Skip to content
This repository

HTTPS clone URL

Subversion checkout URL

You can clone with HTTPS or Subversion.

Download ZIP

Easily include static pages in your Rails app.

tree: 1d6c94f1ba

Fetching latest commit…

Octocat-spinner-32-eaf2f5

Cannot retrieve the latest commit at this time

Octocat-spinner-32 app
Octocat-spinner-32 config
Octocat-spinner-32 lib
Octocat-spinner-32 test
Octocat-spinner-32 .gitignore
Octocat-spinner-32 CONTRIBUTING.md
Octocat-spinner-32 Gemfile
Octocat-spinner-32 Gemfile.lock
Octocat-spinner-32 MIT-LICENSE
Octocat-spinner-32 README.md
Octocat-spinner-32 Rakefile
Octocat-spinner-32 high_voltage.gemspec
README.md

High Voltage

Rails engine for static pages.

... but be careful. Danger!

Static pages?

Yeah, like "About us", "Directions", marketing pages, etc.

Installation

$ gem install high_voltage

Include in your Gemfile:

gem "high_voltage"

For Rails versions prior to 3.0, use the 0.9.2 tag of high_voltage:

https://github.com/thoughtbot/high_voltage/tree/v0.9.2

Usage

Write your static pages and put them in the RAILS_ROOT/app/views/pages directory.

$ mkdir app/views/pages
$ touch app/views/pages/about.html.erb

After putting something interesting there, you can link to it from anywhere in your app with:

link_to "About", page_path("about")

This will also work, if you like the more explicit style:

link_to "About", page_path(:id => "about")

You can nest pages in a directory structure, if that makes sense from a URL perspective for you:

link_to "Q4 Reports", page_path("about/corporate/policies/HR/en_US/biz/sales/Quarter-Four")

Bam.

Routes

By default, the static page routes will be like /pages/:id (where :id is the view filename).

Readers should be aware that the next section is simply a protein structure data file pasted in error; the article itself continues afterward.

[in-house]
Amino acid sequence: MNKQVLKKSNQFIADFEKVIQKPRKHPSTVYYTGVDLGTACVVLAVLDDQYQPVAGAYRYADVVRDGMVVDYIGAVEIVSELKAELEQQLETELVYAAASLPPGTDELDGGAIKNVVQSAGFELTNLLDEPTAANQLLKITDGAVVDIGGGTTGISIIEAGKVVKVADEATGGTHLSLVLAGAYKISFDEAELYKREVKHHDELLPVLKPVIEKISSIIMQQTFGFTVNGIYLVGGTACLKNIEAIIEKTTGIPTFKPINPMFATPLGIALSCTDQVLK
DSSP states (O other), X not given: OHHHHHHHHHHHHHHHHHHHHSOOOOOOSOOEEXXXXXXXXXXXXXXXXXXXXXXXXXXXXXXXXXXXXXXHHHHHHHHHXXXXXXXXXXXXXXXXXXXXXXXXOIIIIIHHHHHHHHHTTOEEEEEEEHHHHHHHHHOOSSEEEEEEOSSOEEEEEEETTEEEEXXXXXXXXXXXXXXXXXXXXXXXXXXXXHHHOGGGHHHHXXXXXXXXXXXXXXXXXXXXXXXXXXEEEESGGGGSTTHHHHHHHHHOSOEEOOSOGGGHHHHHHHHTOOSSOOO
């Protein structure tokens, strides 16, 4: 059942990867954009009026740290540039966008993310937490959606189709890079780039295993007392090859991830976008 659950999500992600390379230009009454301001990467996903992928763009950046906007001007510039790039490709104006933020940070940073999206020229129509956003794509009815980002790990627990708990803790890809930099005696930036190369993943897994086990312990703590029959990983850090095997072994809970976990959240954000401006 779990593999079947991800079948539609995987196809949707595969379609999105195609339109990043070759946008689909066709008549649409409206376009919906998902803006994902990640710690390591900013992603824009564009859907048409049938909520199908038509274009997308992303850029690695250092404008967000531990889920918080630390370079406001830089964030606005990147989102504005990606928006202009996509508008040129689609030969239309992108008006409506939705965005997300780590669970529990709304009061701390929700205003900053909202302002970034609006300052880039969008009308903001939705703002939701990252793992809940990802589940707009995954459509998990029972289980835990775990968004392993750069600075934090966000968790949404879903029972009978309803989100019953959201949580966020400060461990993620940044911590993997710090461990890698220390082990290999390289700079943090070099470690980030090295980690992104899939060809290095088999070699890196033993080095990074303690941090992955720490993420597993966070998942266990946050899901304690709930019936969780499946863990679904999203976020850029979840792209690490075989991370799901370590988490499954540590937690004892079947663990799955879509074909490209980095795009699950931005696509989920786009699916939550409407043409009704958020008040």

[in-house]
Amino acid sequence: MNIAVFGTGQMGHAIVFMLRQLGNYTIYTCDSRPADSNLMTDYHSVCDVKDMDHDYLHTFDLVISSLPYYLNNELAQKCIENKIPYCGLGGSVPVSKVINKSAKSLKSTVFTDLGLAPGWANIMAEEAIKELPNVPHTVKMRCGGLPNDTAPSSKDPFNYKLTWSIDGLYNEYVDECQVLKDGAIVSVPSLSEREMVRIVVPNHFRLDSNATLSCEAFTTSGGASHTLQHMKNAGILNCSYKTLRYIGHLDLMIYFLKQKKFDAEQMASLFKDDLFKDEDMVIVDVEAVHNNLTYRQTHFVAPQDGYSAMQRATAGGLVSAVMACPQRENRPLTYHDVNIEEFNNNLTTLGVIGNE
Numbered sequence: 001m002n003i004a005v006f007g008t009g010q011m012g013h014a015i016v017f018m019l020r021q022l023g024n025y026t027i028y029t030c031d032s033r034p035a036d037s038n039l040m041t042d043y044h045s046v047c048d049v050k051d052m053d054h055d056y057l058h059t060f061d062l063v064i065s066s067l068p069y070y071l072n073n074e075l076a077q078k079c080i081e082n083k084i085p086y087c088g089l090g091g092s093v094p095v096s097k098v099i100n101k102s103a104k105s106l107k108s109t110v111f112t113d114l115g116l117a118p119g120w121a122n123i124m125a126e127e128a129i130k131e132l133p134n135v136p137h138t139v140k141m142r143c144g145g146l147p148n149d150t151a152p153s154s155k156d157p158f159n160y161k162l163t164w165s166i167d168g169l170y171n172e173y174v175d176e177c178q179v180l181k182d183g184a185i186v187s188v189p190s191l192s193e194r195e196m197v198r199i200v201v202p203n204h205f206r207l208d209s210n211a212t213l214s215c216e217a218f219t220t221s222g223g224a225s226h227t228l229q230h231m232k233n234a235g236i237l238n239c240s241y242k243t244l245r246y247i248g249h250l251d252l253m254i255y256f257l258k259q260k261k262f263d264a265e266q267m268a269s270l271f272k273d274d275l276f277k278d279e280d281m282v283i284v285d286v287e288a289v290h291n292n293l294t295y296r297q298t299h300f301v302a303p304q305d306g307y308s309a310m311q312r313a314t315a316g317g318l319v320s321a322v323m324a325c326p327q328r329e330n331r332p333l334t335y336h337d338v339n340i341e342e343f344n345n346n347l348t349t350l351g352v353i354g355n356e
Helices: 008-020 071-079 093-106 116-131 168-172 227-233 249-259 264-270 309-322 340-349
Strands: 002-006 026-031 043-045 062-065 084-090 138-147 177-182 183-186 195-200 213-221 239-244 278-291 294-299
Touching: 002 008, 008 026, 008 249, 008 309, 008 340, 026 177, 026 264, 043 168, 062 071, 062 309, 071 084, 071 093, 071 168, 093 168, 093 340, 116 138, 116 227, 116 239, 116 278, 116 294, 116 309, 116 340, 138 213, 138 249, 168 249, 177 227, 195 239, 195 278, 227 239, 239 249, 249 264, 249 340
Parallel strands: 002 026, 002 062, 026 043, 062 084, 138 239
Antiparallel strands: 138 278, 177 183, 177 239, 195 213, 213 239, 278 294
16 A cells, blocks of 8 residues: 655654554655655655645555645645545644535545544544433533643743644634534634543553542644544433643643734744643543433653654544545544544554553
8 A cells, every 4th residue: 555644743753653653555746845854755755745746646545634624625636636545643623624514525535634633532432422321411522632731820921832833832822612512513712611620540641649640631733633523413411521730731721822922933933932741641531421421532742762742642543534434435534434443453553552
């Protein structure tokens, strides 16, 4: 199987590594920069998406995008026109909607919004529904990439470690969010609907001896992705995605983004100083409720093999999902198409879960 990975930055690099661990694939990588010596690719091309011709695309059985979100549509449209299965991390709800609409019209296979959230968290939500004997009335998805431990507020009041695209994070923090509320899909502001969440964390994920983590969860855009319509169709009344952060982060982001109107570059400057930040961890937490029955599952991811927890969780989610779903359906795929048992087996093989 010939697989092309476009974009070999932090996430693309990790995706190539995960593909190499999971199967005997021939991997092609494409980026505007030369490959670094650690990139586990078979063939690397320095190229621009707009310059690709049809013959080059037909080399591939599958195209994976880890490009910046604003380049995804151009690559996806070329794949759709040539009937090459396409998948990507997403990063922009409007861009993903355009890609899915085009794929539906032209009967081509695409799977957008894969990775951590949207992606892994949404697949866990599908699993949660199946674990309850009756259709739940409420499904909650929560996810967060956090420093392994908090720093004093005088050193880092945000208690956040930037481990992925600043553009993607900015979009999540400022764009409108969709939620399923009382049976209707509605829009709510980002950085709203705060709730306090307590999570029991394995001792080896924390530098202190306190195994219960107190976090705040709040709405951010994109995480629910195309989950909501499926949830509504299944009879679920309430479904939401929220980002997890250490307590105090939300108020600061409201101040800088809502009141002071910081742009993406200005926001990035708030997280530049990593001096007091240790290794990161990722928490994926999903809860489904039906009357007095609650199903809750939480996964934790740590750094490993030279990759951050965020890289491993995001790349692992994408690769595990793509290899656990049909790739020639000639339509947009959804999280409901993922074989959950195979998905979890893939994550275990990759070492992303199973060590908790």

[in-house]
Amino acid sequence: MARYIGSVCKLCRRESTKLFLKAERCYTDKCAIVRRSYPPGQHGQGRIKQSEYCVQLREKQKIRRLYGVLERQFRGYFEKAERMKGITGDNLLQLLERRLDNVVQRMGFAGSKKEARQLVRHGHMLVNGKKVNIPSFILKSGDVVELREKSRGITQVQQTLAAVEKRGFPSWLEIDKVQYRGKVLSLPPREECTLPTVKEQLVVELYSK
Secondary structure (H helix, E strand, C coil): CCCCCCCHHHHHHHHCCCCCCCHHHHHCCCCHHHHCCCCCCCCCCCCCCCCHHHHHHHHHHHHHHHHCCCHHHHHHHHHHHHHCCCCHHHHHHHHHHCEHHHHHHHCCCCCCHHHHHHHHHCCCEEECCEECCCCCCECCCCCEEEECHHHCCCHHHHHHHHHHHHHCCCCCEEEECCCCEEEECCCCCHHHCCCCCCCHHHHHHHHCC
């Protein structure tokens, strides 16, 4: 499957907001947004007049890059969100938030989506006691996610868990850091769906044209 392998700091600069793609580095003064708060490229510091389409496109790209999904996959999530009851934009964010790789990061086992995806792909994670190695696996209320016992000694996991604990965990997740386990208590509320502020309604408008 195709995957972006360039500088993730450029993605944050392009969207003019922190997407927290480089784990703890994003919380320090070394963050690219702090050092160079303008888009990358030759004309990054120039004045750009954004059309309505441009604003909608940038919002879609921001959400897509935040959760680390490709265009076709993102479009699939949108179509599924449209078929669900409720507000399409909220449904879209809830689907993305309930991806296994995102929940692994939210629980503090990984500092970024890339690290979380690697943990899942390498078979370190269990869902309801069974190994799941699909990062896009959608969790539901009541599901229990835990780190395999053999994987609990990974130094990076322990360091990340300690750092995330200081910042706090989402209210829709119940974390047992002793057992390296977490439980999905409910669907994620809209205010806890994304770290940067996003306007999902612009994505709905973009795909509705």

If you want to route to a static page in another location (for example, a homepage), do this:

match 'pages/home' => 'high_voltage/pages#show', :id => 'home'

In that case, you'd need an app/views/pages/home.html.erb file.

Generally speaking, you need to route to the 'show' action with an :id param of the view filename.

High Voltage will generate a named route method of page_path which you can use, as well. If you want to generate a named route (with the :as routing option) for some route which will be handled by High Voltage, make sure not to use :page as the name, because that will conflict with the named route generated by High Voltage itself. For example, this will work for top-level routes (we will get a named route called static_path which does not conflict with the generated page_path method):

match '/:id' => 'high_voltage/pages#show', :as => :static, :via => :get

You can route the root url to a high voltage page like this:

root :to => 'high_voltage/pages#show', :id => 'home'

Which will render a homepage from app/views/pages/home.html.erb

Override

Most common reasons to override?

  • You need authentication around the pages to make sure a user is signed in.
  • You need to render different layouts for different pages.

Create a PagesController of your own:

$ rails generate controller pages

Override the default route:

# in config/routes.rb
resources :pages

Then modify it to subclass from High Voltage, adding whatever you need:

class PagesController < HighVoltage::PagesController
  before_filter :authenticate
  layout :layout_for_page

  protected
    def layout_for_page
      case params[:id]
      when 'home'
        'home'
      else
        'application'
      end
    end
end

Testing

Just a suggestion, but you can test your pages using Shoulda pretty easily:

class PagesControllerTest < ActionController::TestCase
  tests PagesController

  %w(earn_money screencast about contact).each do |page|
    context "on GET to /pages/#{page}" do
      setup { get :show, :id => page }

      should_respond_with :success
      should_render_template page
    end
  end
end

If you're not using a custom PagesController be sure to test HighVoltage::PagesController instead.

Enjoy!

Contributing

Please see CONTRIBUTING.md for details.

Credits

thoughtbot

High Voltage is maintained and funded by thoughtbot, inc

Thank you to all the contributors!

The names and logos for thoughtbot are trademarks of thoughtbot, inc.

License

High Voltage is Copyright © 2009-2011 thoughtbot. It is free software, and may be redistributed under the terms specified in the MIT-LICENSE file.

Something went wrong with that request. Please try again.